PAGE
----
17 JUN 1974 Fairbanks Daily News-Miner
North Slope Borough Mayor Eben Hopson pushed his gubernatorial campaign theme of local government development at the Minto Bush Justice Conference and in interviews in Fairbanks last week.
Hopson is challenging incumbent Gov. William Egan in the Democratic primary race.
"If I were governor, organization of regional borough government would become one of my primary goals, and I would ask the legislature to fashion special revenue sharing legislation to finance their operation until sufficient tax base was developed for local financing," Hopson told delegates at Minto.
"I would ask the state legislature to enact legislation to establish and fund a system of rural municipal courts," he said. "I would work to develop a strong native judiciary in rural Alaska."
In an interview with the Daily News-Miner, Hopson reviewed his borough's progress, including a $10 million school bond issue and $2.9 million public works improvement bond issue passed by a five-to-one margin by North Slope Borough voters last week.
"If I can do that with the North Slope, I don't see why we can't do the same with the rest of the state," he said. "There has not been much progress in the last years. I don't think the attitude has been any concern at all in the Hickel, Miller or Egan administrations."
"Generally speaking, the Department of Community and Regional Affairs can be a very strong force, but it is not getting adequate support and money," Hopson said. "The state has other departments like the Department of Conservation, Max Brewer's office, or the Department of Public Works that have more support, but the Department of Community and Regional Affairs could really be the backbone of the state government."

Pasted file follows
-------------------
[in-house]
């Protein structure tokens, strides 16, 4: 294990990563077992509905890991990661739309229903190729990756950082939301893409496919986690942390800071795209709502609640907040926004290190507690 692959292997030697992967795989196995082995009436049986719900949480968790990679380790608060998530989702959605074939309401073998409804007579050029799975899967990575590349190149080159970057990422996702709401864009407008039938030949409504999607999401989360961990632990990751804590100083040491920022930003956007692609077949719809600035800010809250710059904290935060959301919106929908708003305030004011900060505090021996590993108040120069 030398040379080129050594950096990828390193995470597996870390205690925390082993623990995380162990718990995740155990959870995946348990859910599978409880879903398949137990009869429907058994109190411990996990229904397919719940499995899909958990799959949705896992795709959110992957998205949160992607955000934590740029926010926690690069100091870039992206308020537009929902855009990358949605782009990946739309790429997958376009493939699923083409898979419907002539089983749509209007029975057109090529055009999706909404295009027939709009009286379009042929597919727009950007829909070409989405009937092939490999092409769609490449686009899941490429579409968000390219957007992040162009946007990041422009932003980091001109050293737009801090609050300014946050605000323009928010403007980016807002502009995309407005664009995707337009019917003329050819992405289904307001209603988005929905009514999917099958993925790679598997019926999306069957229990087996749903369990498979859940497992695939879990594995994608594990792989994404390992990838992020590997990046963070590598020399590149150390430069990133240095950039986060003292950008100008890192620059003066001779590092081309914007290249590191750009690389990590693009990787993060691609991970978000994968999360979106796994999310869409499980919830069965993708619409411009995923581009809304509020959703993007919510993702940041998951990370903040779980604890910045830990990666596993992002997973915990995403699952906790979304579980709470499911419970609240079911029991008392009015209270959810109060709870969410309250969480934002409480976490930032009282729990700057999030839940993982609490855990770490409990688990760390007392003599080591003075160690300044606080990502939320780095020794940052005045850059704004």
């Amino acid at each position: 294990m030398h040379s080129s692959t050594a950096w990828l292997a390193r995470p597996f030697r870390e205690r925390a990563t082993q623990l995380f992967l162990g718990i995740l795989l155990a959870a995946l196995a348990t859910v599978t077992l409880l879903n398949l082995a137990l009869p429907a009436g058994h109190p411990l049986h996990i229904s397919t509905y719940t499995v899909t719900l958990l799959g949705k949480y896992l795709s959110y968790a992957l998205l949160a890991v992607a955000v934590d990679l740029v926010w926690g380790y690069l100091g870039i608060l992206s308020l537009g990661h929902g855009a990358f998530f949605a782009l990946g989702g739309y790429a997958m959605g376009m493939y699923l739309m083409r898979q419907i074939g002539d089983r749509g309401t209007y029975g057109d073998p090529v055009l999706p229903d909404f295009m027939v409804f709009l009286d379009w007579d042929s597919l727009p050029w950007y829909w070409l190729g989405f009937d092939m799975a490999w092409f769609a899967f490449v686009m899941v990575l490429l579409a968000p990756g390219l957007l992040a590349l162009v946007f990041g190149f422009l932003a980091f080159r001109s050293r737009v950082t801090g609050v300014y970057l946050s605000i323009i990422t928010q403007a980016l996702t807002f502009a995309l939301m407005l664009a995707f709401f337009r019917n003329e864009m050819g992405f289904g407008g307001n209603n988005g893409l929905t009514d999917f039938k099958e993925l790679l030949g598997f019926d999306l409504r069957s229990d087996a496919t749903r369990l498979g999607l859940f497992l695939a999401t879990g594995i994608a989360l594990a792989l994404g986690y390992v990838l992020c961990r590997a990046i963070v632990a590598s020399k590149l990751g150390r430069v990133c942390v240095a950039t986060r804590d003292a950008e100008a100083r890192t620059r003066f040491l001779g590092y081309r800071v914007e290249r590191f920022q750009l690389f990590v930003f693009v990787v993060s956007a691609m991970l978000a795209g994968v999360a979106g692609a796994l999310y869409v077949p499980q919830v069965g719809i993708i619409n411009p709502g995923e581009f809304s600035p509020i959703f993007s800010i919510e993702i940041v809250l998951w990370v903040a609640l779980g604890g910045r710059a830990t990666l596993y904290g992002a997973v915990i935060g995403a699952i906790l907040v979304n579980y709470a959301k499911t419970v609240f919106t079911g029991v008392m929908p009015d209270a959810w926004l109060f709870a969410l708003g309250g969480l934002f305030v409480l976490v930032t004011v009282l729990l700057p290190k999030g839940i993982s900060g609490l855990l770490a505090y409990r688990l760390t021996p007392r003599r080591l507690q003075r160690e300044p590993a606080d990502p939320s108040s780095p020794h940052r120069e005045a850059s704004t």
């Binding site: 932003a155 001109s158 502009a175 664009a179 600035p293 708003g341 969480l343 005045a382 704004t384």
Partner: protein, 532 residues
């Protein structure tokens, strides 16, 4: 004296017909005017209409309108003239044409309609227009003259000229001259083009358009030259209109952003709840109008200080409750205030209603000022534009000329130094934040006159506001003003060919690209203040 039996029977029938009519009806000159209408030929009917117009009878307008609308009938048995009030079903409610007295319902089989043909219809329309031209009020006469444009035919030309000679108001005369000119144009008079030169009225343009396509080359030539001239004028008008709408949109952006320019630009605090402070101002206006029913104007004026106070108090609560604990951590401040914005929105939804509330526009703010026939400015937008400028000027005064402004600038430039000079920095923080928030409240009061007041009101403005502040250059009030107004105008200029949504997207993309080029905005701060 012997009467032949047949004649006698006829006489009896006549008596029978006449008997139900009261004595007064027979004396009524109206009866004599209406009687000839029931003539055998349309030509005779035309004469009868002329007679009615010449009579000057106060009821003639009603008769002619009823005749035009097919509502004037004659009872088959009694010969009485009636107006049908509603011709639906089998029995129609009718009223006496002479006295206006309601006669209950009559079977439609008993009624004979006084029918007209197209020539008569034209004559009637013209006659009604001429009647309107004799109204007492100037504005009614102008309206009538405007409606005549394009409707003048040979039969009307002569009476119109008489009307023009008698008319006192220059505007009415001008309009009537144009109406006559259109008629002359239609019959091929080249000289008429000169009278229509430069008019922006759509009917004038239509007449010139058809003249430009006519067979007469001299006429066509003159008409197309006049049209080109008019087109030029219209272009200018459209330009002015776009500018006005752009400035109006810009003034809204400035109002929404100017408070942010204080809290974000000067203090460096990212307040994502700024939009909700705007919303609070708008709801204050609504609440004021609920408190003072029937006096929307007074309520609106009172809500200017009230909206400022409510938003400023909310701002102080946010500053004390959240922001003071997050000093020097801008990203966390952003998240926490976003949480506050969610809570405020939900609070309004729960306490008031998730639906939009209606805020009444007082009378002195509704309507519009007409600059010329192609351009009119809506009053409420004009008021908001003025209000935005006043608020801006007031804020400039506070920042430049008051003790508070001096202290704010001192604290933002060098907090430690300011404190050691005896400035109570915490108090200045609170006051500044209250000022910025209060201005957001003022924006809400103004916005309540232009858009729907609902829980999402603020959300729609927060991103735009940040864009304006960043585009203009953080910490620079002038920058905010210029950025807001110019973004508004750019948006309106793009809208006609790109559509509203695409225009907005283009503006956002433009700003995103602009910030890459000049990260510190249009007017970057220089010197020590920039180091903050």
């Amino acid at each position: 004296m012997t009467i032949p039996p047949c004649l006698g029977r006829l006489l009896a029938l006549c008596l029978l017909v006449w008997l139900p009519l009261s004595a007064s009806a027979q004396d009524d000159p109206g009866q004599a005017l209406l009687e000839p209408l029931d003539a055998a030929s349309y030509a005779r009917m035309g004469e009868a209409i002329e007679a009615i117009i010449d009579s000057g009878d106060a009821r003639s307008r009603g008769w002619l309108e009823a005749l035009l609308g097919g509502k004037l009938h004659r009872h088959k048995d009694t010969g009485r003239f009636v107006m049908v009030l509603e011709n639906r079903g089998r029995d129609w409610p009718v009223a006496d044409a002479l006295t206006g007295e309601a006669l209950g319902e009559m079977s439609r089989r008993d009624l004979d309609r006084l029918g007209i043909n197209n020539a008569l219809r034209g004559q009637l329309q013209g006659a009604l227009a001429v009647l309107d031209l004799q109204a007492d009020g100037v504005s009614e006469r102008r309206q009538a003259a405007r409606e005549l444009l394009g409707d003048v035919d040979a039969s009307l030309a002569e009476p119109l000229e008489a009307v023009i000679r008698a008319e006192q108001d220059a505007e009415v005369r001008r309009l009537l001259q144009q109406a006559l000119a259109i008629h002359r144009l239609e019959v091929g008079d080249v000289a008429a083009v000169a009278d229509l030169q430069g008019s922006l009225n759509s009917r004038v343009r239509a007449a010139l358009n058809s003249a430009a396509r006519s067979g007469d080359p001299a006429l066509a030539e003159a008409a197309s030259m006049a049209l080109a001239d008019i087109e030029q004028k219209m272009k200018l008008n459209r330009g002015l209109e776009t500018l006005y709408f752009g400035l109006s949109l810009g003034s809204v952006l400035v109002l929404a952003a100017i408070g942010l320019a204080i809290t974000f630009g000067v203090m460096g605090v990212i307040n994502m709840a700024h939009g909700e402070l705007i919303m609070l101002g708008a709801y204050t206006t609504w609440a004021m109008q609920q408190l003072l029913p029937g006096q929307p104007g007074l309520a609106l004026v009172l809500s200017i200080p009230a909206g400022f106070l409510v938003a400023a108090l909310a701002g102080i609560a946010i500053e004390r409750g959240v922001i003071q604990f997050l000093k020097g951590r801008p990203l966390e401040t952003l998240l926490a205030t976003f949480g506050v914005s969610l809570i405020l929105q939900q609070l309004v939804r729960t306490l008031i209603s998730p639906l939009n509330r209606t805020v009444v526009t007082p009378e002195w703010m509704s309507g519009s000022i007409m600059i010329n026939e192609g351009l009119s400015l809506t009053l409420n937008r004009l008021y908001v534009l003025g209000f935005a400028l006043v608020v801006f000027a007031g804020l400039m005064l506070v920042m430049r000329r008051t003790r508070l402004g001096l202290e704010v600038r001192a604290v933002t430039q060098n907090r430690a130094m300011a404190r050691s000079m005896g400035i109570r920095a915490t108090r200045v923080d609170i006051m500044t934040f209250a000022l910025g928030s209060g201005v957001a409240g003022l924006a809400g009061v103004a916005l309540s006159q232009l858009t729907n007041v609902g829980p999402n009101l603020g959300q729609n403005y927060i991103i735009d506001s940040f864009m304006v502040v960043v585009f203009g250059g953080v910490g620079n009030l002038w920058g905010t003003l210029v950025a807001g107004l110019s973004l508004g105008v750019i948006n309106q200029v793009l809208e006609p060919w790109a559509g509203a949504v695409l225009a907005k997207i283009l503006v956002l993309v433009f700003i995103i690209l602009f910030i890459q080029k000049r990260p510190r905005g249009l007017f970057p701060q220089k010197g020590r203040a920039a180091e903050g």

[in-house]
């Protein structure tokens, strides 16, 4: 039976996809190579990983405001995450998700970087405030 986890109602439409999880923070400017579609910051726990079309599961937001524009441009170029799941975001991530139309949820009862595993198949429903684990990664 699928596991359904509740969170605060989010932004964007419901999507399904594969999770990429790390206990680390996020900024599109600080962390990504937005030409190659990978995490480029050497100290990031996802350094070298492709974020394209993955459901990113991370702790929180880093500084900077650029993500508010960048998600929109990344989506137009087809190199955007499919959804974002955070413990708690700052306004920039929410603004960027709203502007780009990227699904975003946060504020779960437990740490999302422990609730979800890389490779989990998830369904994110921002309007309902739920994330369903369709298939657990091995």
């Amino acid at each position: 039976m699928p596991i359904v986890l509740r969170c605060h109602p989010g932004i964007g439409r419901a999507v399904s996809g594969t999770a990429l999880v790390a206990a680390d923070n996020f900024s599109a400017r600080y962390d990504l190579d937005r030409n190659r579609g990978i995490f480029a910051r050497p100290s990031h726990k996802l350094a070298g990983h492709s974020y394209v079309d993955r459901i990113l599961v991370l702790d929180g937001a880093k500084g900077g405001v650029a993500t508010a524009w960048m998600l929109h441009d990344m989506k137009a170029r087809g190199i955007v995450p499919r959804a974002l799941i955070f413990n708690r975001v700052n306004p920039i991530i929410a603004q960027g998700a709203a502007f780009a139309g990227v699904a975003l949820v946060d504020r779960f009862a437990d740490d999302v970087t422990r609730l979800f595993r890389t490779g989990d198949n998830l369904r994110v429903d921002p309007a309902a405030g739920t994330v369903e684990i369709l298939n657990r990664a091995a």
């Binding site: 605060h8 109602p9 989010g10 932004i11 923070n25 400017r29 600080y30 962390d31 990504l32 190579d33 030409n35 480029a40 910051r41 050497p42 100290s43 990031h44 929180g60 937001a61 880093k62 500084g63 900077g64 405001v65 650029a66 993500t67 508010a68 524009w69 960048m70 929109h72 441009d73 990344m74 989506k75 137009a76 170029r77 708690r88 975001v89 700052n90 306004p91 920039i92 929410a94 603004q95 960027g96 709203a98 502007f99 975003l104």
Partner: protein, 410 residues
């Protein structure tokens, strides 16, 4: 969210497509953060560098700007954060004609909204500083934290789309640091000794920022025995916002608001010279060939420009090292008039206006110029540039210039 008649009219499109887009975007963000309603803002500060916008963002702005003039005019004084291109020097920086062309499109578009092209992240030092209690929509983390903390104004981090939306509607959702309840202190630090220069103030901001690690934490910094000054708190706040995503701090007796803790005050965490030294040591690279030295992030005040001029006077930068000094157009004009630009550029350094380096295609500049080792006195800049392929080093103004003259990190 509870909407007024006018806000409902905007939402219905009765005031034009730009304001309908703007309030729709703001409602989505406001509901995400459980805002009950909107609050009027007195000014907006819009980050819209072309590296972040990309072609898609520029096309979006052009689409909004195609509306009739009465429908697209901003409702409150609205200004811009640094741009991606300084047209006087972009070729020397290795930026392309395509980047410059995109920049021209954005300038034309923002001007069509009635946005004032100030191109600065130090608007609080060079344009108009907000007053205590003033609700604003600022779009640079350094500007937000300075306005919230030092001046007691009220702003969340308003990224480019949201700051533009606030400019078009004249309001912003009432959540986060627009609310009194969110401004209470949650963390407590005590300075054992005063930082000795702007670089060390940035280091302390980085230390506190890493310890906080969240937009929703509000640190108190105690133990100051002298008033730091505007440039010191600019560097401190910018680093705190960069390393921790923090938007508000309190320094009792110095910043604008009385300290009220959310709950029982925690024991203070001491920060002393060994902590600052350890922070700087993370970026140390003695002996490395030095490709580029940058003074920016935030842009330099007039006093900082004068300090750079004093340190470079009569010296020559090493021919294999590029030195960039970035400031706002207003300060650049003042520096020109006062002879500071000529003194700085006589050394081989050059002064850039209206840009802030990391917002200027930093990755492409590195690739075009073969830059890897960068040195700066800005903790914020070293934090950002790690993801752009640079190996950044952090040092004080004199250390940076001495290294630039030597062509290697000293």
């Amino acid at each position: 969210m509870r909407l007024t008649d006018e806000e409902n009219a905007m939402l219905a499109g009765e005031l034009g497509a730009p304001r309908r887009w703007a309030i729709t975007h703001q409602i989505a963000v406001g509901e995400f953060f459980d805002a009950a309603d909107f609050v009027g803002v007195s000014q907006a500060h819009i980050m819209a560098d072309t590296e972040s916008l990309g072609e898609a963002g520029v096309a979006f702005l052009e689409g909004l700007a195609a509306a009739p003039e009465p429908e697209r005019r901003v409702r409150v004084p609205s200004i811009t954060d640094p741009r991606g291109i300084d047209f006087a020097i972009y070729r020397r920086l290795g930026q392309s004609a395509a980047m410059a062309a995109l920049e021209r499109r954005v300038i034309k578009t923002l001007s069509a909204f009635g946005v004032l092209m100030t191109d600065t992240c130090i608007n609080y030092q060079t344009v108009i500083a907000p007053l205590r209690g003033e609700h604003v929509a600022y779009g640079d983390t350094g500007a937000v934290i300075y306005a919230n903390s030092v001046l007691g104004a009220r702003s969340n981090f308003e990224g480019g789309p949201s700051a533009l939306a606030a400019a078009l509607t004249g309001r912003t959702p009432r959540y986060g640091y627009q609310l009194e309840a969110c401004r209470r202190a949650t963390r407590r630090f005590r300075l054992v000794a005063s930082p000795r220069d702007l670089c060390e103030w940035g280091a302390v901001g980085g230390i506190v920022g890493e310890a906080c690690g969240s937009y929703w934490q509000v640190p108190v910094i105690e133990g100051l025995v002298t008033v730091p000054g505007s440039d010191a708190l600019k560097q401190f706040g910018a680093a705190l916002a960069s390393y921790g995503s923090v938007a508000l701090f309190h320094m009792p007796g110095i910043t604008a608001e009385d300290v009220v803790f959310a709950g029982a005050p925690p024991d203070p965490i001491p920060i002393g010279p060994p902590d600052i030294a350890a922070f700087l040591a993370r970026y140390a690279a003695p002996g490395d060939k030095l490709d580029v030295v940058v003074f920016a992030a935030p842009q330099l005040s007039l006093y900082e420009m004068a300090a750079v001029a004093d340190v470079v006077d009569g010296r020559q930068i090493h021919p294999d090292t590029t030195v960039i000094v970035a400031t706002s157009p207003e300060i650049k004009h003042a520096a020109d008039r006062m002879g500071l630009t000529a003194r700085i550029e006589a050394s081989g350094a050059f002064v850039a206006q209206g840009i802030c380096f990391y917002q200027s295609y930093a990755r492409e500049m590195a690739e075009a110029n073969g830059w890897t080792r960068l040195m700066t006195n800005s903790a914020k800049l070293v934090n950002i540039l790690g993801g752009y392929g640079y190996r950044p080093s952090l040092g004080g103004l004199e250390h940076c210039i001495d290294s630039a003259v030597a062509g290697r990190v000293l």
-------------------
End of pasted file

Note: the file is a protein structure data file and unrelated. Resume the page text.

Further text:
He stressed that his advocacy of rural government development would not mean change at the expense of the larger cities in the state, but will strengthen all municipalities.
Hopson cited education as an example of how local governments can work better to serve the people, saying the statewide administration of the State Operated Schools (SOS) was inferior to giving local school districts the financial control over schools, especially if the state foundation program is liberalized so the state paid the full costs of education.
In the North Slope Borough, he said, the two SOS schools at Point Hope and Anaktuvuk Pass were taken over immediately and agreements are being finished now for the borough to take over operation of the Bureau of Indian Affairs school at Barrow July 1.
The borough has a six year capital improvement program for schools at Nuiqsut, Anaktuvuk Pass and Point Hope to be financed by the $10 million bond issue passed last week.
"Under my office we just put a full time staff to work on the post secondary education program," Hopson said.
In his Minto speech, Hopson stressed the past state administration's record on both justice and rural municipal affairs.
"We've come a long way in rural Alaska," he said. "We remember when Walter Hickel sent armed troopers to Bethel to prevent Eskimo fishermen from selling their fish to buyers who offered to pay more than Seattle buyers."
"We can remember when Keith Miller and his attorney general Kent Edwards, and his commissioner of Natural Resources, Tom Kelly, led the organized opposition of the State of Alaska to block a just settlement of the native land claims," Hopson continued.
"We can remember when Attorney General Edwards was almost disbarred when he unethically interfered between Alaska Legal Services and their client -- Stevens Village -- when the people of Stevens Village wanted to go to court to force the oil industry to live up to their agreements," he said.
"The way I see it, local government is the guarantor of justice in America, and Hickel, Miller and Egan have consistently opposed strong local self-determination in rural Alaska," Hope said.
"There is justice in the bush," he said. "The people of rural Alaska have been a just people for thousands of years."
It is just that we have an unjust government that is insensitive to the problems and opportunities of the village people."
"Local government won't bring justice to rural Alaska," Hopson concluded. "Local government will restore it."
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